Tuesday, April 21, 2015


 If life were a bluefin tuna, then my good friend David Schoffman has just swallowed his last taste of Otoro.  Found on the very underside of the fish, the otoro is like a waterbed - fatty and soft almost to the point of falling apart - but when it reaches your palate it melts in your mouth like butter. The juicy part of David's life will soon be a thing of the past so he's living the moment hard and fast as if he were on borrowed time.

Schoffman is having a pretty good run, or so it may seem on the surface. He never misses an opportunity to be seen in the company of some glamorous woman even if the connection is tenuous or even hostile. Long before branding became something other than the painful mortification of cattle and sheep, Schoffman was careful to curate an image of the artist as roué. Now, as his stock declines like brent crude I see his future as a struggle after some new, novel form of self-definition.

One option, of course, is the mad, mercurial éminence grise, but I think that might take too much energy. They say that about 80% of Los Angeles artists under the age of thirty view Schoffman with little more than ambivalence. The remaining 20% regard him with outright contempt. (Interestingly, this particular poll, first published in ViralArt.com claimed no margin of error).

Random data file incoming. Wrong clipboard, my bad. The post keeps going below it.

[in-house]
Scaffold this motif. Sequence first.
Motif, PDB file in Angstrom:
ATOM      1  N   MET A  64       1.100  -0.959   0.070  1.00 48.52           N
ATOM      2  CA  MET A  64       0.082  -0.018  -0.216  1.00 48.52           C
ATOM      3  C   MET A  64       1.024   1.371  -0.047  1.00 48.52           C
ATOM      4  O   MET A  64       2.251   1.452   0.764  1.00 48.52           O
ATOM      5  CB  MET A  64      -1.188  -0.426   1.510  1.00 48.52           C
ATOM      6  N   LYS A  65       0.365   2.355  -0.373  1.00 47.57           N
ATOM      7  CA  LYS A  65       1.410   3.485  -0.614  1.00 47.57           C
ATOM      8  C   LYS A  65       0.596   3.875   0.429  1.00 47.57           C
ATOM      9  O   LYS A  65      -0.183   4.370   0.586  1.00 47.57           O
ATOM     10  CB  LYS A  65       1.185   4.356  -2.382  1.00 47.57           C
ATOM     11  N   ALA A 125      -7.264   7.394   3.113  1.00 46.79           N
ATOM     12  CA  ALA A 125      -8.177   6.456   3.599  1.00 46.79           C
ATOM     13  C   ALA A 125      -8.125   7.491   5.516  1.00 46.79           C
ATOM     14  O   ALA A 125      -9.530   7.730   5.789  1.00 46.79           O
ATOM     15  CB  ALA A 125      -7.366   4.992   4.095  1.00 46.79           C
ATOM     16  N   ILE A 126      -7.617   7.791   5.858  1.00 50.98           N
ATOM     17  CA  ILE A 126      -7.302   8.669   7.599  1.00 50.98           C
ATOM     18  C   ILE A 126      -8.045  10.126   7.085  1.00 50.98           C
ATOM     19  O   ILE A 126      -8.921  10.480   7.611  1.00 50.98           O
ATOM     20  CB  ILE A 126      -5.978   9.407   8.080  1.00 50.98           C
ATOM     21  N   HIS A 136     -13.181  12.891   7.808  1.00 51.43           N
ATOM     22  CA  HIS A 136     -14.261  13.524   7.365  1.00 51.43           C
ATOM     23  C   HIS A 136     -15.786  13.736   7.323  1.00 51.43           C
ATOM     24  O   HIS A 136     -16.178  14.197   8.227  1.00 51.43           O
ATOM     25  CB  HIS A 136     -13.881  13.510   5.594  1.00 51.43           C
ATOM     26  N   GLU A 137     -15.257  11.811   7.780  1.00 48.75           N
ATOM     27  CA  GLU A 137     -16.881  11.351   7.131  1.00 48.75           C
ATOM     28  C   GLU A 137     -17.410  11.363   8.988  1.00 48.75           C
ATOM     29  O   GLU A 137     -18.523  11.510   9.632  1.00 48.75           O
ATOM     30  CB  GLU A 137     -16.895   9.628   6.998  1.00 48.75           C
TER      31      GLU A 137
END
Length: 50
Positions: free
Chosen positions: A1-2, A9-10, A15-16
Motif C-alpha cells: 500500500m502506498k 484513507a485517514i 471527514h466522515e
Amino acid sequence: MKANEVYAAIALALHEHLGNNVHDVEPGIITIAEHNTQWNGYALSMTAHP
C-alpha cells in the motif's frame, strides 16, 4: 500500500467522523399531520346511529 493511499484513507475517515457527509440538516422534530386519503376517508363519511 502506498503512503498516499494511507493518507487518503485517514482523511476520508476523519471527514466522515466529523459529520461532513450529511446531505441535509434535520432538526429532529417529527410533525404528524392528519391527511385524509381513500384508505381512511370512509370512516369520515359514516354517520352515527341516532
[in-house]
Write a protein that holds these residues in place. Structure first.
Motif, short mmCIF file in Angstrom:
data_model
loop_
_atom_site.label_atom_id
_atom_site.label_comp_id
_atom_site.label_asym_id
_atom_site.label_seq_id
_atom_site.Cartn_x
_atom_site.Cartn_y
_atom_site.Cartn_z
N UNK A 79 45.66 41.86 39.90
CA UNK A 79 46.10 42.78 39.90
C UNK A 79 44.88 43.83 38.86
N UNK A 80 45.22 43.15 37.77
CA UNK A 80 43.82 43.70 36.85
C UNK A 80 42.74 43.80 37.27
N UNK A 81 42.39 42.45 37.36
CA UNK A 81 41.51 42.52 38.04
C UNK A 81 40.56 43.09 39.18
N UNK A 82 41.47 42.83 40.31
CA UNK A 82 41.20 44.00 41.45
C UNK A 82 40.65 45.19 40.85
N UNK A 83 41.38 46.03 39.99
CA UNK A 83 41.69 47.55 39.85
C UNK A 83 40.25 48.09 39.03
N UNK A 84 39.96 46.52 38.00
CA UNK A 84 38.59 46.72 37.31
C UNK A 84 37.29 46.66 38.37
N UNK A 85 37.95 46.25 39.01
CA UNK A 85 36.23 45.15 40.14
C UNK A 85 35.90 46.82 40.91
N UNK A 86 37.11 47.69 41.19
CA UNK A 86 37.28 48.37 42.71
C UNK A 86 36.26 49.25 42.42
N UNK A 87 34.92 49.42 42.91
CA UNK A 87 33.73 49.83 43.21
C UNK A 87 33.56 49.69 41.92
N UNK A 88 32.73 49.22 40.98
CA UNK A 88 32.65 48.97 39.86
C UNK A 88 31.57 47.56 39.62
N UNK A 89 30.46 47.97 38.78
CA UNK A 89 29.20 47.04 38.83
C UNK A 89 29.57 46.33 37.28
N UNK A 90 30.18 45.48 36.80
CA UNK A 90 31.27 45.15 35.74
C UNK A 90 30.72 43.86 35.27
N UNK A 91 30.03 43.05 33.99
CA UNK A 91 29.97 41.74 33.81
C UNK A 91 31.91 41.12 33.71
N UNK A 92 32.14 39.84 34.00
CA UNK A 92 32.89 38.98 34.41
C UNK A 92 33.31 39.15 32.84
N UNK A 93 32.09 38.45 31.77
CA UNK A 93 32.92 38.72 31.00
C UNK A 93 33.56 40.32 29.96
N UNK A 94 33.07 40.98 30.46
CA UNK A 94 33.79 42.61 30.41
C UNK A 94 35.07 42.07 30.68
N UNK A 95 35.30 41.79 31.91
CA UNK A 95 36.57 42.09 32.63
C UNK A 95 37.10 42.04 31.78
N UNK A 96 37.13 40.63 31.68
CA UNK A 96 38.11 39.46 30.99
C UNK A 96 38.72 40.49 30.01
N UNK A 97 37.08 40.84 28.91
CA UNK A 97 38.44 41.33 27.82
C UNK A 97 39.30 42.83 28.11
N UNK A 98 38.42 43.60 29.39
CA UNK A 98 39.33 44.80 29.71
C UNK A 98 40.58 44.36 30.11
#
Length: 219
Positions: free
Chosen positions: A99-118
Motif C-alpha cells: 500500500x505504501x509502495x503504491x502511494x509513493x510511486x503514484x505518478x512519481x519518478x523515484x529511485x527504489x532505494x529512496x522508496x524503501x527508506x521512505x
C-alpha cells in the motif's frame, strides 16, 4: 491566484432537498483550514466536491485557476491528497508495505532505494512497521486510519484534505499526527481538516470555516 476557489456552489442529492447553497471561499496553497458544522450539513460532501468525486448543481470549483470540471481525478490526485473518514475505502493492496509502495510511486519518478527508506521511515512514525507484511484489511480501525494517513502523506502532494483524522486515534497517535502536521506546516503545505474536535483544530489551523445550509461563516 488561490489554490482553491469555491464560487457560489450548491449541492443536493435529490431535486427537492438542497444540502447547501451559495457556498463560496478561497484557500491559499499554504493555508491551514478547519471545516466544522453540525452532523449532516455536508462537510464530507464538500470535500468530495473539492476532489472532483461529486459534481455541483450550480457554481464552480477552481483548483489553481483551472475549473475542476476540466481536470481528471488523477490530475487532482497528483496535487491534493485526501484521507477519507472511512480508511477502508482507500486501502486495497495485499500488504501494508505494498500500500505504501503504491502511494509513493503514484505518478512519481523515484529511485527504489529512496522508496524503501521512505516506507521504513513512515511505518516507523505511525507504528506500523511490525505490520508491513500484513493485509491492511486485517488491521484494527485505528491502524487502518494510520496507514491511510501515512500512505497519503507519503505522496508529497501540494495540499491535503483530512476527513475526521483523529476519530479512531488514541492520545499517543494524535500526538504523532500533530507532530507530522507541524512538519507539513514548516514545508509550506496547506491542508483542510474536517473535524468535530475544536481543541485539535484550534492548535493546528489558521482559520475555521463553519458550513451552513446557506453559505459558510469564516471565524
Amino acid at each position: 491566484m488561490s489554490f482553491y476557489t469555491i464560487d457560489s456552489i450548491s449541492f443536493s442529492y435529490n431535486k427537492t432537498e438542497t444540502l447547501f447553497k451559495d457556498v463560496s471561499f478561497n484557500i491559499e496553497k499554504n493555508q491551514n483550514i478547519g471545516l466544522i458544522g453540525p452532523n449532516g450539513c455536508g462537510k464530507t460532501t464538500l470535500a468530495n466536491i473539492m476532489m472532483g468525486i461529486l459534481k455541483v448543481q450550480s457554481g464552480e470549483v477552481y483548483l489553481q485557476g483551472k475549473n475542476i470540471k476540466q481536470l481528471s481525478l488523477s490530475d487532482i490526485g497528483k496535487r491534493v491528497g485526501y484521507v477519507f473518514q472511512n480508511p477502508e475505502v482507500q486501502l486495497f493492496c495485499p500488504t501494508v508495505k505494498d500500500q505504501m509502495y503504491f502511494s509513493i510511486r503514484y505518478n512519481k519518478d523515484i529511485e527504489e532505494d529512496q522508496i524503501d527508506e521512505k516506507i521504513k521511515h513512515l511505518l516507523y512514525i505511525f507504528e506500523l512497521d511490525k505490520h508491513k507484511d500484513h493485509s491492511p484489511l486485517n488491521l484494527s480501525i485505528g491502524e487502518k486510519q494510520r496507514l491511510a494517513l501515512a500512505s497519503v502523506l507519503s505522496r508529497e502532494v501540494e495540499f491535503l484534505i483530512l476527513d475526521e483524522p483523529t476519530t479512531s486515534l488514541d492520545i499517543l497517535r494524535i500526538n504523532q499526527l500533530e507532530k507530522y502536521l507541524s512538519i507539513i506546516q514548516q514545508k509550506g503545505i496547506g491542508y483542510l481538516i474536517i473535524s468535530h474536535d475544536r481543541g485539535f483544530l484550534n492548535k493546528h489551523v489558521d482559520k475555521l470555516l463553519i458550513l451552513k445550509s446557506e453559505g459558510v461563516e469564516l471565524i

Another option is that of the recluse - the mysterious eccentric who surfaces from time to time and captivates the public with visionary and provocative insight. Unfortunately, David has been spitting out the same type work for years and intellectually he seems to be clearly out of gas. 

I think it would be best if he just joined the rest of us old guys and simply took it easy for a while. There are things a lot worse than slipping into obscure irrelevancy. I say, save your energy - eventually this love affair with technology will ripen into contempt. When that happens they'll be banging down the doors at all the senior centers looking for the last few remaining pencils. 

By then Schoffman will be as fermented as unagi and may even have enough left in him for one last victory lap.

Monday, April 13, 2015


Gustave Flaubert
Excuse my French but no other language will do:

"Être stupide, égoïste, et avoir la bonne santé sont trois conditions pour le bonheur, bien que si la stupidité manque, tout soit perdu.”  

Could it be that my poor friend David Schoffman has lived in California far too long?

When we were students at the Beaux Arts in the 1970's he was a wonderful anthology of irritable anxiety. His moods went from crepuscular to wine-dark cataclysmic but to describe him merely as an artiste maudit would be to completely overlook the unique subtlety of his pessimism. Back then he was interesting and complicated and maladjusted. He was a chorus of contradiction and was deeply troubled by the twin poles of faith and doubt.

We all were. That was the age and such were the times.